Chauvin trial: What the jury process will look like

Published: Mar. 9, 2021 at 10:29 PM CST|Updated: Mar. 9, 2021 at 11:05 PM CST

SIOUX FALLS, S.D. (Dakota News Now) - A jury is being hand-picked to decide the fate of a former Minneapolis police officer facing murder charges in the death of George Floyd.

After day two of Derek Chauvin’s trial, three jurors were officially selected. But, 11 more are still needed.

While jury selection normally takes a day or two, this high-profile case is different.

“Asking a juror to sit on any felony case and especially a murder case is a grueling process,” said Scott Abdallah.

As an attorney with nearly 20 years of private practice and seven years as a prosecutor, Abdallah has first-hand experience in the jury selection process.

“The judge will work with the attorneys on the case to develop a questionnaire that is sent out to all the potential jurors. Those jurors will then answer that questionnaire and I think in the Chauvin case it was a 13-page questionnaire,” he said.

Based on their answers, only select people are brought in individually for questioning.

“Did you see a video of Mr. Floyd being arrested by the Minneapolis Police Department?” asked Defense Attorney Eric Nelson in the trial Tuesday.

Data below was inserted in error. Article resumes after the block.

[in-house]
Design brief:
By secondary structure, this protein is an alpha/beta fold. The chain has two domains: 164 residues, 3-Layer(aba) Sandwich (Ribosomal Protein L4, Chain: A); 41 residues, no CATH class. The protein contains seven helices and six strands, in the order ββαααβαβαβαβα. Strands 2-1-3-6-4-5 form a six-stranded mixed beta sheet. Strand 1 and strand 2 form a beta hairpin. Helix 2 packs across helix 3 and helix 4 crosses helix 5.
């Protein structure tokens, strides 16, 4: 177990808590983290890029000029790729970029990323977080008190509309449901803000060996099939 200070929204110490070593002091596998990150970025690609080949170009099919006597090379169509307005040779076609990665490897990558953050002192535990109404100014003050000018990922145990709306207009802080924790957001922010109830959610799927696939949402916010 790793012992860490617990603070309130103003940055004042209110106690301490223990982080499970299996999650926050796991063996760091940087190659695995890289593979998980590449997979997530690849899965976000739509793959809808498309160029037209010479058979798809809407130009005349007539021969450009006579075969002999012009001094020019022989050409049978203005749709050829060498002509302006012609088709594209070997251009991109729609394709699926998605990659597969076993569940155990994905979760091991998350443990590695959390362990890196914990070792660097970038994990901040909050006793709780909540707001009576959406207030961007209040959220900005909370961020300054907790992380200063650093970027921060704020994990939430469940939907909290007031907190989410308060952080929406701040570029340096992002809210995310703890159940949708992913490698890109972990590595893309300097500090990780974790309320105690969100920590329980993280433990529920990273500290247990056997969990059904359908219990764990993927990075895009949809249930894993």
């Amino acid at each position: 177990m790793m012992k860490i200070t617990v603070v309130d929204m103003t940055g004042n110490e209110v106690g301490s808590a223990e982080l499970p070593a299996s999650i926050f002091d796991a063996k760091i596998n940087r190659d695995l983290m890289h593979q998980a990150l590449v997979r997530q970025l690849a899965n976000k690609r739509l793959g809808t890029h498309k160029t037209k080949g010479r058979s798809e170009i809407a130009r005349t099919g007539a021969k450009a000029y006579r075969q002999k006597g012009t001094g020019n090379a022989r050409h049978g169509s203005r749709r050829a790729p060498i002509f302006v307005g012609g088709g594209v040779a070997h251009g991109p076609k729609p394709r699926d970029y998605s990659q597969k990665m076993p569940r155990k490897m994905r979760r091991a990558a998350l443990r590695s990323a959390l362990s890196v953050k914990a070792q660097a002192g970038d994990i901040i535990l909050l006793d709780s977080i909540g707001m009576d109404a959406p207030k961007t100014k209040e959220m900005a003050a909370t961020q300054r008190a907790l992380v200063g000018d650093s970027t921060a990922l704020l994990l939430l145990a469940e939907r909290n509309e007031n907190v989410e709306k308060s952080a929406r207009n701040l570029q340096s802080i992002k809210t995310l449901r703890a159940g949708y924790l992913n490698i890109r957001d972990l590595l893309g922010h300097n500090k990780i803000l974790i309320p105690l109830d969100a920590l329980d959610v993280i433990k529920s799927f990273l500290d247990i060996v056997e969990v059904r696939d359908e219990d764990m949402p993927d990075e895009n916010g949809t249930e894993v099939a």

The potential Juror responded, “Oh yes.”

The lawyers and judge ultimately have to find 12 jurors and two alternates that seem fair and unbiased.

“The goal is to find people who say, ‘You know what, I can set those preconceived feelings aside and I promise you I will hear all of the evidence and wait before I make a final decision,’” said Abdallah.

Both the prosecution and the defense are able to exercise a right that’s called peremptory challenges, a right the defense exercised Tuesday.

“That means that they can excuse potential jurors for any reason other than race, ethnicity, and sex,” Abdallah explained.

Because of the intense amount of pre-trial publicity, this is where things could take a while.

“It’s probably going to take that week to two. You’re going to have to question all these jurors individually and you’re undoubtedly going to come across a lot who say I just simply can’t be fair.”

The Judge, Peter Cahill, has set aside three weeks for this jury selection process. Opening arguments for this trial are currently set for March 29th.

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